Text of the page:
There is some confusion over the BBFC certification here. The cover on my retail copy states a U, suitable for all rating, while the disc itself shows a PG certificate. The BBFC web-site have the film rated a PG so this ought to be the correct rating.
The film is presented anamorphically at 1.78:1. The manipulation of colour, perspective and sharpness and the filming through mirrors and windows make it difficult to judge the quality of the DVD transfer, but the film looks quite stunning. There’s a haziness and a sepia-toned tint to the film that give it a very soft appearance, washing out any strong colours in favour of an dull autumnal tone. At times though, the film cuts through this haze and you can see just how strong the clarity of the transfer is. There may be some very minor shimmering and some chroma-noise, but it’s hard to tell what is intentional and what isn’t and in such a diaphanous and ethereal film it doesn’t matter that much. There are no real marks or scratches anywhere on the print though and it often looks simply gorgeous.
As with Russian Ark, it seems to me that a 5.1 mix would be better for handling the complex sound design, but all we have here is a Dolby Digital 2.0 Surround mix. It operates quite well, is clear and warm, but doesn’t envelop in the way that the busy soundtrack suggests it should.
English subtitles are provided and are quite readable, but through no fault of the DVD, they are often intrusive on the imagery. In one example (see screenshot below), when Alexsei and Fedor are catching the tram, the subtitles translate unnecessary dialogue that obscures the characters and completely ruins the frame composition. Considering how little information can be gleaned from the dialogue, it may be better to dispense with the subtitles after an initial viewing and submit to the film’s mood alone. As the subtitles are optional, you have the opportunity to do that with this release.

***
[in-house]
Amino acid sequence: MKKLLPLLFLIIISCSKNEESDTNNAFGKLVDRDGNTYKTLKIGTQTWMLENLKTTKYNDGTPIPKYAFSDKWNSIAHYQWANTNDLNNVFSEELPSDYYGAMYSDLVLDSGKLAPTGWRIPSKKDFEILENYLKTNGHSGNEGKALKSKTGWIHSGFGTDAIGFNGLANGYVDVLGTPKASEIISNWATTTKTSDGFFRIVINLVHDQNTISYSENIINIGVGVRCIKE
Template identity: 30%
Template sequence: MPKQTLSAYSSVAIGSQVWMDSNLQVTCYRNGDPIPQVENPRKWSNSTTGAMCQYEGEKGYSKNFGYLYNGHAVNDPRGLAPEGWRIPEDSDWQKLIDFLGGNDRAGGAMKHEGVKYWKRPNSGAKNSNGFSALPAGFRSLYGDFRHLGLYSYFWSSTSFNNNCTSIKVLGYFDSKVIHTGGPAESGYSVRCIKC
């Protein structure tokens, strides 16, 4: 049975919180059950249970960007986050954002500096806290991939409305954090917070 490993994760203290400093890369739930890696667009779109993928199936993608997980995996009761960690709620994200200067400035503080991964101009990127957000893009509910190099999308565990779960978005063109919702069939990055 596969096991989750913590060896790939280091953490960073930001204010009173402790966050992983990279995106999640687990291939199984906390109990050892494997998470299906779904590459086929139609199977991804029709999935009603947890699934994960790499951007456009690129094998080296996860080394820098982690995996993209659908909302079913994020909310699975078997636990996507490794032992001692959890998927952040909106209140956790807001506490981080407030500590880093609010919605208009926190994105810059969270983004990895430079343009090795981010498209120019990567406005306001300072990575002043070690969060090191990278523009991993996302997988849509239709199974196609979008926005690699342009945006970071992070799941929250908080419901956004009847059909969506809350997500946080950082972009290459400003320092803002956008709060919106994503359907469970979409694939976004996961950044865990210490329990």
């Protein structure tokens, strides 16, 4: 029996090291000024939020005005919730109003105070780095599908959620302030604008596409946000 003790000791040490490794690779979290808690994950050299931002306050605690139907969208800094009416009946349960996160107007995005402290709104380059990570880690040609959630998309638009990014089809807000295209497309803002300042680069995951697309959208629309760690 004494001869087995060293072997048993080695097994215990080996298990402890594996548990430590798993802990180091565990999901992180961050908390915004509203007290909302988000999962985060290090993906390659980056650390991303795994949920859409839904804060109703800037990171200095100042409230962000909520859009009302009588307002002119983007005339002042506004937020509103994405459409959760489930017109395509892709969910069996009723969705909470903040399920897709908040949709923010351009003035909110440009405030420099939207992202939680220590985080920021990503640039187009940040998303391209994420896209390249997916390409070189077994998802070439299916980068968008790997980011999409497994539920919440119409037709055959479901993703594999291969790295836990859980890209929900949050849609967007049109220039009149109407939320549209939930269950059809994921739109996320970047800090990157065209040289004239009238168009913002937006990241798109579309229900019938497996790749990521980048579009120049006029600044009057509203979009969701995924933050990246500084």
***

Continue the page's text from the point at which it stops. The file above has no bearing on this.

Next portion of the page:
The extras match the film in being similarly nebulous, with no explanatory interviews or making of materials. A Sokurov short film from 1995 – A Soldier’s Dream (10:41) is certainly an appropriate accompaniment for the film though, being filmed in the same amber haze as the feature (with again cinematography by Alexander Burov). Two soldiers lie unconscious by the wreck of a jeep in a desolate mountainous region. Images of rolling clouds and a religious picture of an angel are superimposed on this scene ...and that’s about it. The Theatrical Trailer (1:36) for Father and Son is presented in 1.85:1 letterbox. Filmographies are included for director, Alexander Sokurov, screenwriter Sergey Potepalov and director of photography Alexander Burov.
On a formal level, Father and Son is a very beautiful film, displaying a poetic nature that is haunting, mystifying and elusive, if not completely incomprehensible on a conscious rational level. The performances however are affected and unfathomable, the dialogues ponderous and obscure, the relationship of father and son (perhaps necessarily) insular and non-inclusive – all distancing to the viewer and precluding any real identification. Perhaps multiple viewings are required and perhaps it will mean more to those who can identify personally with the situation or can relate to the film on an unconscious abstract level, but I personally found the premise unsustainable and its treatment in the film unconvincing, the film lacking the universality and elegaic qualities of Mother And Son. The DVD presents the film fabulously however, with a fine transfer that is more than sympathetic to the wonderful look of the film.